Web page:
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OKI MB260 LED Multi-Function Printer Review


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Key Specifications

  • Review Price: £112.46

How much would you expect to pay for a laser-based multifunction printer? Most come in at £150-£200, but there are a few undercutting that starting point. OKI’s MB260 costs just over £110 at Internet prices and yet still offers some interesting extra features you wouldn’t expect in an entry-level device.

The MB260 is designed simply, but with a certain austere grace, and has its scanner section lifted quite high above the mono laser engine which forms the base of the machine. Even so, the paper stop is quite awkward to flip up and is needed to keep A4 pages under control. The 600ppi flatbed scanner has a 36-bit colour depth and in front of this is the control panel, complete with LCD display and paper-clip tray.

There are a couple of interesting features on the control panel. For a start, it incorporates a number pad, even though there are no fax facilities on the machine. The number pad is used for both menu option entry – just about every option has a shorthand code number – and for security.

You can lock the whole machine, or just its USB drive reader, so access is only available via keycode, something very rarely available in a machine at this level. It could be useful in preventing a mass of copies being run off by your children or a wasteful co-worker.

The LCD display has two lines of 16 characters, but also a third line of purpose-designed icons for parameters such as print quality. It’s useful to have these custom-made extras and another interesting, though perhaps frivolous, feature is the ability to print out Sudoku grids. There are 400 available, 100 in each of four difficulty levels, and thoughtfully, OKI has also incorporated the solutions.

Below the controls is a fairly standard mono laser engine, with a main tray which can take up to 200 sheets of 80gsm paper, so the 250 sheet capacity quoted on the spec sheet must be for a thinner grade. The front panel USB socket is complemented by the main USB connection at the rear and there’s no network or wireless provision, though the manual details wireless setup with a third-party adapter.

Physical set up is as easy as pulling down the front panel and inserting the combined drum and toner cartridge. Annoyingly, if you open either the main paper tray or the front panel to change the cartridge, a continuous warning beep goes off until you close them again. A 20 second warning would be more than enough.

Software installation includes setup of OKI’s Companion Pro applet, which is effectively a front-end for its own supplies monitor and the bundled copy of PaperPort LE. This is quite a sophisticated document management and OCR application for a machine at this price and makes everyday jobs, such as scanning to Word or printing from file, very straightforward.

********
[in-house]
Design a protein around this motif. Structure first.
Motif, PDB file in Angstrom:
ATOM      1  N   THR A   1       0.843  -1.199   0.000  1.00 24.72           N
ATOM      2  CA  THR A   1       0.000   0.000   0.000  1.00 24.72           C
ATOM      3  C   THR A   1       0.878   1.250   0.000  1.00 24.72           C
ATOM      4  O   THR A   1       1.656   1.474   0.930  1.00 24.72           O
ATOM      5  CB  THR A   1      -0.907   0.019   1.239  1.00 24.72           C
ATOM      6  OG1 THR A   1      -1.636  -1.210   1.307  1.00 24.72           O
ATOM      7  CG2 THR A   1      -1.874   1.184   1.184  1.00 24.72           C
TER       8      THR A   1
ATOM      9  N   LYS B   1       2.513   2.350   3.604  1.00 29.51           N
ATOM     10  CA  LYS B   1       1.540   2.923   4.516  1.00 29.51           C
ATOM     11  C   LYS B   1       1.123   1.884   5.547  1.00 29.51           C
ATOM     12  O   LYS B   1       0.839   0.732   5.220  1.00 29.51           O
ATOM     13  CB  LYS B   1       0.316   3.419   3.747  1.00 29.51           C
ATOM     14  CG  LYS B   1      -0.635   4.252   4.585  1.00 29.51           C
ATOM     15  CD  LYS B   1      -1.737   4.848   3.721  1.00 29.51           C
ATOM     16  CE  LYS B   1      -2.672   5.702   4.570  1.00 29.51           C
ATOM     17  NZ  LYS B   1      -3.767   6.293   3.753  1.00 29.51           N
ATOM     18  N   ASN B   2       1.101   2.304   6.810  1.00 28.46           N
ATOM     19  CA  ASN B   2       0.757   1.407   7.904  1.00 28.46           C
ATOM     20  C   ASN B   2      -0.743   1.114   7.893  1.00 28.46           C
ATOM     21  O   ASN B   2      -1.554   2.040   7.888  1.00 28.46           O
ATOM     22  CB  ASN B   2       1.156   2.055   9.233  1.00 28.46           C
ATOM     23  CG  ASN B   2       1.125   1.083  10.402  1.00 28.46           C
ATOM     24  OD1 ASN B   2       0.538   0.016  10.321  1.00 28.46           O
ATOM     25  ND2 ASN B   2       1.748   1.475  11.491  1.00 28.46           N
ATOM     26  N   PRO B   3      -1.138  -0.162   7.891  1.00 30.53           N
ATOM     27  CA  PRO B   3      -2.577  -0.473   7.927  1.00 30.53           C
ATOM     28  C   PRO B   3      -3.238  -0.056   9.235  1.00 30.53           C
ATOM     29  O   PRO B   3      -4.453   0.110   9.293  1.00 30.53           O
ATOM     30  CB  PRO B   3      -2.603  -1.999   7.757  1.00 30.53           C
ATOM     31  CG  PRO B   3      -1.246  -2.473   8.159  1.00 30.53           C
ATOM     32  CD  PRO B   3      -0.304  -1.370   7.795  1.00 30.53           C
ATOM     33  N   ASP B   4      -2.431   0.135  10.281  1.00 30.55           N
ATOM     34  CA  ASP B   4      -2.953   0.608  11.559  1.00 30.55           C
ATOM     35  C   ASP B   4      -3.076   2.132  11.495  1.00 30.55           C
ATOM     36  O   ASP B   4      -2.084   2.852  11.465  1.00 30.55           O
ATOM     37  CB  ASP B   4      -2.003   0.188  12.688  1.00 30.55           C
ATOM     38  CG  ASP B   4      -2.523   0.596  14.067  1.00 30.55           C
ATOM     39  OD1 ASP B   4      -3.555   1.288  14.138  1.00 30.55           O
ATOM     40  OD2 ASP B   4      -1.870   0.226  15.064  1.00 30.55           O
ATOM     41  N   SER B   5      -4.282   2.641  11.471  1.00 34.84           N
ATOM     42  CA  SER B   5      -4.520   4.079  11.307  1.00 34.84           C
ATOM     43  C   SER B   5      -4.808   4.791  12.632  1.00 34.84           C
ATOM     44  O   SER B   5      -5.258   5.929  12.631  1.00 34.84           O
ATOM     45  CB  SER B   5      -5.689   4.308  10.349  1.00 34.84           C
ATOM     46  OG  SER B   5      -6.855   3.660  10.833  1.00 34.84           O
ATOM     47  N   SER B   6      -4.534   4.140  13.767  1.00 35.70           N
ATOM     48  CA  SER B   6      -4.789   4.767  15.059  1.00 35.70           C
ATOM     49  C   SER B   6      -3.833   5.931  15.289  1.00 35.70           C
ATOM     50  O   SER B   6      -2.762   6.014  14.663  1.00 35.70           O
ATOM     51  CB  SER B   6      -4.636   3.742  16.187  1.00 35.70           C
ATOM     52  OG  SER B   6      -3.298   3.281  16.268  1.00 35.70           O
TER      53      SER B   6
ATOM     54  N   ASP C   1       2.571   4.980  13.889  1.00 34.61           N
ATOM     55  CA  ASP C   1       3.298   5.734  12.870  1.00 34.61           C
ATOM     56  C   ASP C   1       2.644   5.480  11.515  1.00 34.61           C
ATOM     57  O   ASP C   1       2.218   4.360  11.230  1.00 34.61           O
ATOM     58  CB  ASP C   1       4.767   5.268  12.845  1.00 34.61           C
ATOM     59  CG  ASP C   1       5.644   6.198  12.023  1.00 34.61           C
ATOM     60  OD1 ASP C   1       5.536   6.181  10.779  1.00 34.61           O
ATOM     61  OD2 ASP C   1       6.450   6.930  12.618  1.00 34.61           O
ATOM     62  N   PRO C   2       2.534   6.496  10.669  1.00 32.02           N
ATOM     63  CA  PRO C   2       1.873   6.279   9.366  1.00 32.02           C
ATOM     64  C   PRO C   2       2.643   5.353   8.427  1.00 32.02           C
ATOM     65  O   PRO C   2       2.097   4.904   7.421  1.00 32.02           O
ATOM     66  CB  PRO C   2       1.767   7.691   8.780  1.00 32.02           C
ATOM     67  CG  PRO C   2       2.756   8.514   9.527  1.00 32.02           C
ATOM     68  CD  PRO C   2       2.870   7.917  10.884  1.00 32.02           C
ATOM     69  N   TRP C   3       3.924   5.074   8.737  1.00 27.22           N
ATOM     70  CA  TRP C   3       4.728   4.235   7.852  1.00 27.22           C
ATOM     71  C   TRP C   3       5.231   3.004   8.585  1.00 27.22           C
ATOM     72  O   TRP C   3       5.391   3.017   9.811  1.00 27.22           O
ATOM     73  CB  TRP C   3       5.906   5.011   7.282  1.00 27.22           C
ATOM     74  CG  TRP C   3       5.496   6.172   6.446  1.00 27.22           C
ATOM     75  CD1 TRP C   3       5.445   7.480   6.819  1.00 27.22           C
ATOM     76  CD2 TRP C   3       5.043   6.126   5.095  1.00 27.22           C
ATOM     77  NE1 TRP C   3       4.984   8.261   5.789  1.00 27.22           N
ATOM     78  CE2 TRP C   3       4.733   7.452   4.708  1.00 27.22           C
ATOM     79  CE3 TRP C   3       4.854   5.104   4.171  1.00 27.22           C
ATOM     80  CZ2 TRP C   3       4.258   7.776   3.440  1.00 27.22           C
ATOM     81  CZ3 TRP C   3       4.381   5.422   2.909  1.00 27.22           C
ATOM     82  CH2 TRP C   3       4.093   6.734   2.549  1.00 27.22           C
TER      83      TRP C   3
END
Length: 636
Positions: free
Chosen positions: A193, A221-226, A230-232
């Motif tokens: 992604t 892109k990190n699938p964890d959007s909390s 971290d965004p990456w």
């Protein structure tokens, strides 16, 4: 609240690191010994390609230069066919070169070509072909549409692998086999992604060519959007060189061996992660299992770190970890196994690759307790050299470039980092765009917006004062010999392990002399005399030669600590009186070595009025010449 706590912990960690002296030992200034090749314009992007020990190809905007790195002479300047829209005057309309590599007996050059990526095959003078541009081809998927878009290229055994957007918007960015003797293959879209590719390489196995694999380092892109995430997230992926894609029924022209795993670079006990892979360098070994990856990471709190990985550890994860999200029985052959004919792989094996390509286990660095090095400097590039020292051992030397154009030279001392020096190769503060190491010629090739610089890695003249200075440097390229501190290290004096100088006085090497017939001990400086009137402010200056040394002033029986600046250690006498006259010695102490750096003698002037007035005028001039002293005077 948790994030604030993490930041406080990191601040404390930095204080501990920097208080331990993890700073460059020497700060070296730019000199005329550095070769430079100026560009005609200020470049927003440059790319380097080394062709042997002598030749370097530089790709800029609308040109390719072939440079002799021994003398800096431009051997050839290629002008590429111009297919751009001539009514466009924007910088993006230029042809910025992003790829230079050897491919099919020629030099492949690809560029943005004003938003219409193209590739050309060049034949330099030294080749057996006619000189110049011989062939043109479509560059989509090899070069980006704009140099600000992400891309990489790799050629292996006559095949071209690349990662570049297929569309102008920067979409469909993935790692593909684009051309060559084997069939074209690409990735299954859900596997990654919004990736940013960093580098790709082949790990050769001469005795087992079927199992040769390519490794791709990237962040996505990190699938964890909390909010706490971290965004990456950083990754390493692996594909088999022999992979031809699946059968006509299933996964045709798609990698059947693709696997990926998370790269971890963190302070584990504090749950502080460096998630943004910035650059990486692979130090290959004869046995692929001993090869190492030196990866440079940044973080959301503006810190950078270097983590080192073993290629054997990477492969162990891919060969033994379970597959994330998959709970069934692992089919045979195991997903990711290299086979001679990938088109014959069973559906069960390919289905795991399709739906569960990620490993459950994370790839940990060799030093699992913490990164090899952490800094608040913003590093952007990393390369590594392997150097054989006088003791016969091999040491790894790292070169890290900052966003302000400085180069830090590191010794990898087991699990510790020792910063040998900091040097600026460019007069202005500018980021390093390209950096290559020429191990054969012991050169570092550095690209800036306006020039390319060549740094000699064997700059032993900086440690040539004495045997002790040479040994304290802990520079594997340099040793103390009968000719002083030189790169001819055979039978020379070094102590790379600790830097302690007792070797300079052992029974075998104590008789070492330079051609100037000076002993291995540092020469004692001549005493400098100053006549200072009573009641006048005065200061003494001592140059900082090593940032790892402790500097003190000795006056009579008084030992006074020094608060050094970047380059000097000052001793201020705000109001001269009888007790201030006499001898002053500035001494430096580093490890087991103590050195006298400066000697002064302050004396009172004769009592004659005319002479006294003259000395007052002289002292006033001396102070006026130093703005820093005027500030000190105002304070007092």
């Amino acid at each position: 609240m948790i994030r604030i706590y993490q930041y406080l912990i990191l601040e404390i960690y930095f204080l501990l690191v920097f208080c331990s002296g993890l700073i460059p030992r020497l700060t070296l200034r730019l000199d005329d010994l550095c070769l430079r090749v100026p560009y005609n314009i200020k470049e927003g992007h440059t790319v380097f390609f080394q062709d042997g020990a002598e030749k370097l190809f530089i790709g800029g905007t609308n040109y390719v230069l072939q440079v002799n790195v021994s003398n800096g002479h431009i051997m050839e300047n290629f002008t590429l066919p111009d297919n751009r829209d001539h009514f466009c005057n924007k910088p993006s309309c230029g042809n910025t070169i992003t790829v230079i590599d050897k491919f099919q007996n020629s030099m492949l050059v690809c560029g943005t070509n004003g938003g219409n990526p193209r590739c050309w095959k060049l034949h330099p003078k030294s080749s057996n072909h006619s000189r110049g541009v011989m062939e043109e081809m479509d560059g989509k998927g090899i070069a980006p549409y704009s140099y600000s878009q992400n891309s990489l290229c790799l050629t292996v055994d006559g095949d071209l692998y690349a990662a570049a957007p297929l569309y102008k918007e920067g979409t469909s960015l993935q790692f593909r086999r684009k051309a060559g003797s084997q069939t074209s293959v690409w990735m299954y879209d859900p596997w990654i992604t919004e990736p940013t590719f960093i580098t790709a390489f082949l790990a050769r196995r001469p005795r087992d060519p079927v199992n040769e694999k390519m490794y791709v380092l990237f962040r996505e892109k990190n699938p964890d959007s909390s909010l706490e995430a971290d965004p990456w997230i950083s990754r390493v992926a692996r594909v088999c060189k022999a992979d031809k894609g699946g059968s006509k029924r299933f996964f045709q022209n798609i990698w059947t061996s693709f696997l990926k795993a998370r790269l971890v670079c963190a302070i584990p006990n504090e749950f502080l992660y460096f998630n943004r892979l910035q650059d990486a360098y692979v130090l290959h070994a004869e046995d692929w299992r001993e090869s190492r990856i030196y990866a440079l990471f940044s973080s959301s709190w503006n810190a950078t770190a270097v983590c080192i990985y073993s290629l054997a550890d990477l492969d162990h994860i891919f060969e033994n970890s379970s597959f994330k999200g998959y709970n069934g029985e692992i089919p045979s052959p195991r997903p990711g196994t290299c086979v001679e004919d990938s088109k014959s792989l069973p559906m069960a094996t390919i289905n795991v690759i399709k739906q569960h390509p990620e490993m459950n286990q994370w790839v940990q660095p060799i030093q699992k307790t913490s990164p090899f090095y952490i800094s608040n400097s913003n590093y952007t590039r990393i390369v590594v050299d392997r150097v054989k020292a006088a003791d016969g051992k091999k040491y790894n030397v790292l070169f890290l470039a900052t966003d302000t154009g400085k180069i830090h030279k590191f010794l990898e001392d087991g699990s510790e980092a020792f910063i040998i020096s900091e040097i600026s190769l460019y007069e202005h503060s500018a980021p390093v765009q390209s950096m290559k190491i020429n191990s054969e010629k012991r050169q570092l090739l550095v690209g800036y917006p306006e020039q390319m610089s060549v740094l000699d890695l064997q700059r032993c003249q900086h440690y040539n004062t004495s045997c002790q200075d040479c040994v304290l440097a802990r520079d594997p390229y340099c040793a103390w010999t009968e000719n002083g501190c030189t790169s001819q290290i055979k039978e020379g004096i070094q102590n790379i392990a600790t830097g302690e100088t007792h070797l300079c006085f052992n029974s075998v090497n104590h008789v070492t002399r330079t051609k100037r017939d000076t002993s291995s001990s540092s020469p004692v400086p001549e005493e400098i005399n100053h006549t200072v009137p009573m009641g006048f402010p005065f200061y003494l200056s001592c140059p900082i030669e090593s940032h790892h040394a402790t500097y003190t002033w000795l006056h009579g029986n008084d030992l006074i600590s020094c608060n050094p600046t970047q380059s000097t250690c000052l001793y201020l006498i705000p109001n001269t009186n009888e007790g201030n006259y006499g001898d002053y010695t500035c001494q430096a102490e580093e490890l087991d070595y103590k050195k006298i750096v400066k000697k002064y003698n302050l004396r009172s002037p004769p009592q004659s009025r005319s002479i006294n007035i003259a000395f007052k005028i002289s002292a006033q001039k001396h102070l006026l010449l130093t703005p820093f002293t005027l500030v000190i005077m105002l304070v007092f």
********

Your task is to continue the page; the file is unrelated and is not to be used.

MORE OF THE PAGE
We really could believe OKI’s speed rating of 20ppm, if it wasn’t for the long processing time evident before the first page starts to feed. Because the MB260 is a GDI printer, not using PCL or PostScript, the overall speed is dependent on the processing power of the host PC it’s connected to. On our Athlon 64 X2 4200+ it took 18 seconds to process the five-page test document and 22 seconds for the 20-page one.

The actual paper feed is quite quick, compensating for these slow off-the-mark times and giving real-world speeds of 8.57ppm and 14.81ppm for the two documents. The five-page text and graphics job gave exactly 10ppm.

A single page copy took 21 seconds and a 15 x 10cm photo print on A4 paper took 27 seconds. Interestingly, the same size print taken from a USB drive was much slower, at 53 seconds.

The quality of prints from the machine varies with the source material. Black text is clean and light, with a good mix of dense black where it’s needed and more delicate characters in body copy.

Greyscale graphics show good levels of variation between tones, but some striations in areas of solid fill. Photographic reproduction also shows these bands, but is otherwise pretty good, given the 600dpi resolution of the machine. Photocopies of text are fine, but copying greyscale originals produces blotchy results.

The drum and toner cartridge is available in two capacities, 3,000 and 5,500 pages and using the higher capacity version gives a cost per page of 2.95p, including 0.7p for paper. This is broadly on a par with other laser multifunctions at a similar price, though a little high compared with equivalently priced inkjets.


This is a really nice machine for personal use as a printer, copier and scanner. If you don’t need colour, it’s really cost-effective as a SOHO device, even though its GDI processing slows it up on older computers. Print quality is adequate, better on text than greyscale graphics. At the price, you’ll find it hard to improve on the MB2600 as a whole.

Trusted Score

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Score in detail

  • Print Speed 7
  • Features 9
  • Value 10
  • Print Quality 7

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